Nocuous writes: The Department of Homeland Security is now seizing sites, using new powers granted by the Senate. Ironic, given the mission statement on the DHS' website about "preserving our freedoms"
"The U.S. government has launched a major crackdown on online copyright infringement, seizing dozens of sites linked to illegal file sharing and counterfeit goods. Torrent sites that link to illegal copies of music and movie files and sites that sell counterfeit goods were seized this week by the Immigration and Customs Enforcement division of the Department of Homeland Security. Visitors to such sites as Torrent-finder.com, 2009jerseys.com, and Dvdcollects.com found that their usual sites had been replaced by a message that said, "This domain name has been seized by ICE--Homeland Security Investigations, pursuant to a seizure warrant issued by a United States District Court." "My domain has been seized without any previous complaint or notice from any court!" the owner of Torrent-Finder told TorrentFreak, which listed more than 70 domains that were apparently part of the massive seizure. " Link to Original Source
astroengine writes "Between six to nine billion years ago, the Milky Way collided with another galaxy. As you'd expect, this caused quite a mess; stars, dust and gas being ripped from the intergalactic interloper. In fact, to this day, the dust hasn't quite settled and astronomers have spotted an odd-looking exoplanet orbiting a metal-poor star 2,000 light-years from Earth. Through a careful process of elimination, the extrasolar planet (known as HIP 13044b) actually works out to be an extragalactic planet, a surviving relic of the massive collision eons ago."
from the best-interests-at-heart dept.
itwbennett writes "The Senate Judiciary Committee has voted 19-0 in favor of a bill that would allow the Department of Justice to seek court orders to shut down websites offering materials believed to infringe copyright. 'Rogue websites are essentially digital stores selling illegal and sometimes dangerous products,' Senator Patrick Leahy, the main sponsor of the bill, said in a statement. 'If they existed in the physical world, the store would be shuttered immediately and the proprietors would be arrested. We cannot excuse the behavior because it happens online and the owners operate overseas. The Internet needs to be free — not lawless.' However, the internet will likely remain 'lawless' for a while longer, as there are only a few working days left in the congressional session and the bill is unlikely to pass through the House of Representatives in that short amount of time."
adeelarshad82 writes "At TED Global in Oxford, Microsoft released a video showing off its 'virtual human' technology, named Milo, designed for the company's hands-free Xbox 360 motion controller called Kinect. Milo is built to react to people's emotions, body movements, and voice, allowing players to interact with the virtual character. It was built using artificial intelligence developed by Lionhead studios, along with undisclosed technology from Microsoft. According to games designer Peter Molyneux, the game exploits psychological techniques to make a person feel that Milo is real. Each Milo character will be unique because every player's interaction with the virtual character will sculpt the type of virtual person Milo will evolve to become."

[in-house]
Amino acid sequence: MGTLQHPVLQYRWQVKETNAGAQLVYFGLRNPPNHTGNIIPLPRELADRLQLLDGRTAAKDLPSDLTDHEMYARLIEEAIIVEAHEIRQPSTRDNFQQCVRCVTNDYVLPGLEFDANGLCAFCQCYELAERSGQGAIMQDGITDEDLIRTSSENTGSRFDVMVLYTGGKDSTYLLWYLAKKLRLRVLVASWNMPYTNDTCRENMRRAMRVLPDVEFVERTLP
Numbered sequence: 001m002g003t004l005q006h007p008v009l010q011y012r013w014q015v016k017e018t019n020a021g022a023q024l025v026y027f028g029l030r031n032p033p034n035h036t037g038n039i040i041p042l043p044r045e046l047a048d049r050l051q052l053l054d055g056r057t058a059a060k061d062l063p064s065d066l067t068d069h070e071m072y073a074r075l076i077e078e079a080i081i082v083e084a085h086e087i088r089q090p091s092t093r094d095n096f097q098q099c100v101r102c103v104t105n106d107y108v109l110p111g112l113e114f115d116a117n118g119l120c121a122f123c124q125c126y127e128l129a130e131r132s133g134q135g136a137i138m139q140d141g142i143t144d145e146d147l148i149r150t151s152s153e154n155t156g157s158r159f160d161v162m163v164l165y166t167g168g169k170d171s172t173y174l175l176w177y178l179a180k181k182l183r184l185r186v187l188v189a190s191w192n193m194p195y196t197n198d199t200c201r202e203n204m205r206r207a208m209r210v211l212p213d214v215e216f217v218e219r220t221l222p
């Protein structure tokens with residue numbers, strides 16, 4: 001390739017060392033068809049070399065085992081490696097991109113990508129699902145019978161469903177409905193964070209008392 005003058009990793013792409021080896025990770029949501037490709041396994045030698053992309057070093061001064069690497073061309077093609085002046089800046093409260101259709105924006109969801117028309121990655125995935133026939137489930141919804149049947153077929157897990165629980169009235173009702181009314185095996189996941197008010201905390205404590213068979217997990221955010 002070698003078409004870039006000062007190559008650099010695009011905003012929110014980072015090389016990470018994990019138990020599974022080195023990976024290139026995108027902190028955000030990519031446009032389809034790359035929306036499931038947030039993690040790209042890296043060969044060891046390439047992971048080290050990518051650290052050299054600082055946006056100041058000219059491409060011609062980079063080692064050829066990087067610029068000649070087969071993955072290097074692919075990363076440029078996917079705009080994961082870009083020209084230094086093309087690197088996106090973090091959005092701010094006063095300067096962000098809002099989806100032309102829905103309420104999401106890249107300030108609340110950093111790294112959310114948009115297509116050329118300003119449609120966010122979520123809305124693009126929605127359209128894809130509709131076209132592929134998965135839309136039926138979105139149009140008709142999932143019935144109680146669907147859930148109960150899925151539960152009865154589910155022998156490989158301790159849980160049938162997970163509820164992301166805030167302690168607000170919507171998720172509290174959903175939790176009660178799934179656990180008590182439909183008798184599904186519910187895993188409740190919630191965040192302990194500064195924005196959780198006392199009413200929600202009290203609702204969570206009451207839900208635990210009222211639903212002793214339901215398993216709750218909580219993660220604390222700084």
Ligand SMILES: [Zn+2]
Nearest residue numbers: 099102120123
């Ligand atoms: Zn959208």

from the well-isn't-that-special dept.
ciaran_o_riordan writes "The US Supreme Court has finally decided the Bilski case (PDF). We've known that Bilski's patent would get thrown out; that was clear from the open mockery from the judges during last November's hearing. The big question is, since rejecting a particular patent requires providing a general test and explaining why this patent fails that test, how broad will their test be? Will it try to kill the plague of software patents? And is their test designed well enough to stand up to the army of patent lawyers who'll be making a science (and a career) of minimizing and circumventing it? The judges have created a new test, so this will take some reading before any degree of victory can be declared. The important part is pages 5-16 of the PDF, which is the majority opinion. The End Software Patents campaign is already analyzing the decision, and collecting other analyses. Some background is available at Late-comers guide: What is Bilski anyway?"More analysis of the decision is available at Patently-O.
from the to-be-or-not-to-be-heap dept.
davecb writes "Think you've mastered the art of server performance? Think again. Poul-Henning Kamp, in an article at ACM Queue, finds an off-by-ten error in btrees, because they fail to take virtual memory into account. And he solves the problem in the open source 'Varnish' HTTP accelerator, for all of us to see and use."